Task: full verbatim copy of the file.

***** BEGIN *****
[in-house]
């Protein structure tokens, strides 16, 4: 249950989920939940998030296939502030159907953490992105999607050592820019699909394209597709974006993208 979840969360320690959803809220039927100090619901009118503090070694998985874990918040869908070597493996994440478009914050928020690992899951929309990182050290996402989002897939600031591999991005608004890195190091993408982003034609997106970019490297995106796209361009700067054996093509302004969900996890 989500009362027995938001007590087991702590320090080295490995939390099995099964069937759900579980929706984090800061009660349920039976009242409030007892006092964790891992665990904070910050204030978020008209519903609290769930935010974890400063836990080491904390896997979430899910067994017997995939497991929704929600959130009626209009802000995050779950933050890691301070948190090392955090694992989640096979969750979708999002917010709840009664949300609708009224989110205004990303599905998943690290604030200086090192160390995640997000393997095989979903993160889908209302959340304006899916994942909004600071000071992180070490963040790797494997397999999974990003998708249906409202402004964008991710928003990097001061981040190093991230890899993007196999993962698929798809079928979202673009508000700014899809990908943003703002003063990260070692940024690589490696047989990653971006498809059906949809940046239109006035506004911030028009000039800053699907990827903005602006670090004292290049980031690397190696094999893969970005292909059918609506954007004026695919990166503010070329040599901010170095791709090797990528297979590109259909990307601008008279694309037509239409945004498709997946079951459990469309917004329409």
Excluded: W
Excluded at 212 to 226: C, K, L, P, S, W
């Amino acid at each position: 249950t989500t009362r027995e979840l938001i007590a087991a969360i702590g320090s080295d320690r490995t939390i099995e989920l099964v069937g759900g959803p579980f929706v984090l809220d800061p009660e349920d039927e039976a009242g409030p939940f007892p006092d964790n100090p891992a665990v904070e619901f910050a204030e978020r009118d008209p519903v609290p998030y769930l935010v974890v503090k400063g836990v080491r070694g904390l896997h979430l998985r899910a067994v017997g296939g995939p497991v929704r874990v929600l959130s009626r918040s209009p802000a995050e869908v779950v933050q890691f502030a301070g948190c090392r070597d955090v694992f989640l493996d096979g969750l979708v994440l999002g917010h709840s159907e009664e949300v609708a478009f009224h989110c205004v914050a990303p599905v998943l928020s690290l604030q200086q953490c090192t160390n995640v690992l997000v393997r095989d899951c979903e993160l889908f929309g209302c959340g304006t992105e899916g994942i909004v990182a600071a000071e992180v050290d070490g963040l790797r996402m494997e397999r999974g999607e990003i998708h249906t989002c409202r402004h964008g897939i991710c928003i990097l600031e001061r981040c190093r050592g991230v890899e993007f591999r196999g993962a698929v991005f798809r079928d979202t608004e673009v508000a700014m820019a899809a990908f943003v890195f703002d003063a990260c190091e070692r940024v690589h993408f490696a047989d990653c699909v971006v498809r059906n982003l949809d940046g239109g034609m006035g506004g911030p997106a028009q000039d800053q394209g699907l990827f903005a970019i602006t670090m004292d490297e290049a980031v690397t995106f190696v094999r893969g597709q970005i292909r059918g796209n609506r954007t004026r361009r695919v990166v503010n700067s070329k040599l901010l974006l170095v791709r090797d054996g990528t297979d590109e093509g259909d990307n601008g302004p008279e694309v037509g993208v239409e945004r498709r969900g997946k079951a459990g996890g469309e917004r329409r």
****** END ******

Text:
[in-house]
């Protein structure tokens, strides 16, 4: 249950989920939940998030296939502030159907953490992105999607050592820019699909394209597709974006993208 979840969360320690959803809220039927100090619901009118503090070694998985874990918040869908070597493996994440478009914050928020690992899951929309990182050290996402989002897939600031591999991005608004890195190091993408982003034609997106970019490297995106796209361009700067054996093509302004969900996890 989500009362027995938001007590087991702590320090080295490995939390099995099964069937759900579980929706984090800061009660349920039976009242409030007892006092964790891992665990904070910050204030978020008209519903609290769930935010974890400063836990080491904390896997979430899910067994017997995939497991929704929600959130009626209009802000995050779950933050890691301070948190090392955090694992989640096979969750979708999002917010709840009664949300609708009224989110205004990303599905998943690290604030200086090192160390995640997000393997095989979903993160889908209302959340304006899916994942909004600071000071992180070490963040790797494997397999999974990003998708249906409202402004964008991710928003990097001061981040190093991230890899993007196999993962698929798809079928979202673009508000700014899809990908943003703002003063990260070692940024690589490696047989990653971006498809059906949809940046239109006035506004911030028009000039800053699907990827903005602006670090004292290049980031690397190696094999893969970005292909059918609506954007004026695919990166503010070329040599901010170095791709090797990528297979590109259909990307601008008279694309037509239409945004498709997946079951459990469309917004329409």
Excluded: W
Excluded at 212 to 226: C, K, L, P, S, W
């Amino acid at each position: 249950t989500t009362r027995e979840l938001i007590a087991a969360i702590g320090s080295d320690r490995t939390i099995e989920l099964v069937g759900g959803p579980f929706v984090l809220d800061p009660e349920d039927e039976a009242g409030p939940f007892p006092d964790n100090p891992a665990v904070e619901f910050a204030e978020r009118d008209p519903v609290p998030y769930l935010v974890v503090k400063g836990v080491r070694g904390l896997h979430l998985r899910a067994v017997g296939g995939p497991v929704r874990v929600l959130s009626r918040s209009p802000a995050e869908v779950v933050q890691f502030a301070g948190c090392r070597d955090v694992f989640l493996d096979g969750l979708v994440l999002g917010h709840s159907e009664e949300v609708a478009f009224h989110c205004v914050a990303p599905v998943l928020s690290l604030q200086q953490c090192t160390n995640v690992l997000v393997r095989d899951c979903e993160l889908f929309g209302c959340g304006t992105e899916g994942i909004v990182a600071a000071e992180v050290d070490g963040l790797r996402m494997e397999r999974g999607e990003i998708h249906t989002c409202r402004h964008g897939i991710c928003i990097l600031e001061r981040c190093r050592g991230v890899e993007f591999r196999g993962a698929v991005f798809r079928d979202t608004e673009v508000a700014m820019a899809a990908f943003v890195f703002d003063a990260c190091e070692r940024v690589h993408f490696a047989d990653c699909v971006v498809r059906n982003l949809d940046g239109g034609m006035g506004g911030p997106a028009q000039d800053q394209g699907l990827f903005a970019i602006t670090m004292d490297e290049a980031v690397t995106f190696v094999r893969g597709q970005i292909r059918g796209n609506r954007t004026r361009r695919v990166v503010n700067s070329k040599l901010l974006l170095v791709r090797d054996g990528t297979d590109e093509g259909d990307n601008g302004p008279e694309v037509g993208v239409e945004r498709r969900g997946k079951a459990g996890g469309e917004r329409r």